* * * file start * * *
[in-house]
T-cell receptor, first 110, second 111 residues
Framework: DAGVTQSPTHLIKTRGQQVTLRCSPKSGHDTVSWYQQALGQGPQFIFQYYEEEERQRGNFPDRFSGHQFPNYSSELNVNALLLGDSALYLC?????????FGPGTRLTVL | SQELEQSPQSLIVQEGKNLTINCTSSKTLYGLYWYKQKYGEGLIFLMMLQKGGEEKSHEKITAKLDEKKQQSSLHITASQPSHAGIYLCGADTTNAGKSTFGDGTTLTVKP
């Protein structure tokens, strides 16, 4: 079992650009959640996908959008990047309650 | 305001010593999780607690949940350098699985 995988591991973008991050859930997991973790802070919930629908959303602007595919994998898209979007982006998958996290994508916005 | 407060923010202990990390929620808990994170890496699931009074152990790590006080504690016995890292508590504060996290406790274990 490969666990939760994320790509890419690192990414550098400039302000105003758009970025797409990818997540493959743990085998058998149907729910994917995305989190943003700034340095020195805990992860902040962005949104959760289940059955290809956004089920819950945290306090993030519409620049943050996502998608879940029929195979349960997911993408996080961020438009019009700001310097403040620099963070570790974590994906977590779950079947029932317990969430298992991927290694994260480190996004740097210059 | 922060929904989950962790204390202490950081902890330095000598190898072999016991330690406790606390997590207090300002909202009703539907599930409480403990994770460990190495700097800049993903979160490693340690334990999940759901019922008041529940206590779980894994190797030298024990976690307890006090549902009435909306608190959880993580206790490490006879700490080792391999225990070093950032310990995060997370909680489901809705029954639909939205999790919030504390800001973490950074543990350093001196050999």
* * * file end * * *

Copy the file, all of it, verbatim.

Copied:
[in-house]
T-cell receptor, first 110, second 111 residues
Framework: DAGVTQSPTHLIKTRGQQVTLRCSPKSGHDTVSWYQQALGQGPQFIFQYYEEEERQRGNFPDRFSGHQFPNYSSELNVNALLLGDSALYLC?????????FGPGTRLTVL | SQELEQSPQSLIVQEGKNLTINCTSSKTLYGLYWYKQKYGEGLIFLMMLQKGGEEKSHEKITAKLDEKKQQSSLHITASQPSHAGIYLCGADTTNAGKSTFGDGTTLTVKP
């Protein structure tokens, strides 16, 4: 079992650009959640996908959008990047309650 | 305001010593999780607690949940350098699985 995988591991973008991050859930997991973790802070919930629908959303602007595919994998898209979007982006998958996290994508916005 | 407060923010202990990390929620808990994170890496699931009074152990790590006080504690016995890292508590504060996290406790274990 490969666990939760994320790509890419690192990414550098400039302000105003758009970025797409990818997540493959743990085998058998149907729910994917995305989190943003700034340095020195805990992860902040962005949104959760289940059955290809956004089920819950945290306090993030519409620049943050996502998608879940029929195979349960997911993408996080961020438009019009700001310097403040620099963070570790974590994906977590779950079947029932317990969430298992991927290694994260480190996004740097210059 | 922060929904989950962790204390202490950081902890330095000598190898072999016991330690406790606390997590207090300002909202009703539907599930409480403990994770460990190495700097800049993903979160490693340690334990999940759901019922008041529940206590779980894994190797030298024990976690307890006090549902009435909306608190959880993580206790490490006879700490080792391999225990070093950032310990995060997370909680489901809705029954639909939205999790919030504390800001973490950074543990350093001196050999």